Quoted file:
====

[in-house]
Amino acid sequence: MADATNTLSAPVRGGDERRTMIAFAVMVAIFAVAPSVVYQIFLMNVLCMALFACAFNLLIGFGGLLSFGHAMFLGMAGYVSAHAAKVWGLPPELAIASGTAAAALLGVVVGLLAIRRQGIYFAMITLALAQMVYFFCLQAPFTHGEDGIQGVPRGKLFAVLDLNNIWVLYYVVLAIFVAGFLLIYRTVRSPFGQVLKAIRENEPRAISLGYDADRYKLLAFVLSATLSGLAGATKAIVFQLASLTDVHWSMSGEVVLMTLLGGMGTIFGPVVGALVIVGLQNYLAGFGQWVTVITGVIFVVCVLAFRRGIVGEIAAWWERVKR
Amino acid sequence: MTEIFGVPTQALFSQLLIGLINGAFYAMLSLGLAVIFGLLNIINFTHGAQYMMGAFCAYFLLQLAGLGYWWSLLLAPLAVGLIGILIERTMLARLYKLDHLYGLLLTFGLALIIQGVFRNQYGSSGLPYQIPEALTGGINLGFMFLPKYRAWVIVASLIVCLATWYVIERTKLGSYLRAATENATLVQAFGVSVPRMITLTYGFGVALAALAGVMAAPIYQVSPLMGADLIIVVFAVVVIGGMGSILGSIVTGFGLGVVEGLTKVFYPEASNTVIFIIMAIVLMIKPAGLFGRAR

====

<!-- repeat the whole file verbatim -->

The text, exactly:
[in-house]
Amino acid sequence: MADATNTLSAPVRGGDERRTMIAFAVMVAIFAVAPSVVYQIFLMNVLCMALFACAFNLLIGFGGLLSFGHAMFLGMAGYVSAHAAKVWGLPPELAIASGTAAAALLGVVVGLLAIRRQGIYFAMITLALAQMVYFFCLQAPFTHGEDGIQGVPRGKLFAVLDLNNIWVLYYVVLAIFVAGFLLIYRTVRSPFGQVLKAIRENEPRAISLGYDADRYKLLAFVLSATLSGLAGATKAIVFQLASLTDVHWSMSGEVVLMTLLGGMGTIFGPVVGALVIVGLQNYLAGFGQWVTVITGVIFVVCVLAFRRGIVGEIAAWWERVKR
Amino acid sequence: MTEIFGVPTQALFSQLLIGLINGAFYAMLSLGLAVIFGLLNIINFTHGAQYMMGAFCAYFLLQLAGLGYWWSLLLAPLAVGLIGILIERTMLARLYKLDHLYGLLLTFGLALIIQGVFRNQYGSSGLPYQIPEALTGGINLGFMFLPKYRAWVIVASLIVCLATWYVIERTKLGSYLRAATENATLVQAFGVSVPRMITLTYGFGVALAALAGVMAAPIYQVSPLMGADLIIVVFAVVVIGGMGSILGSIVTGFGLGVVEGLTKVFYPEASNTVIFIIMAIVLMIKPAGLFGRAR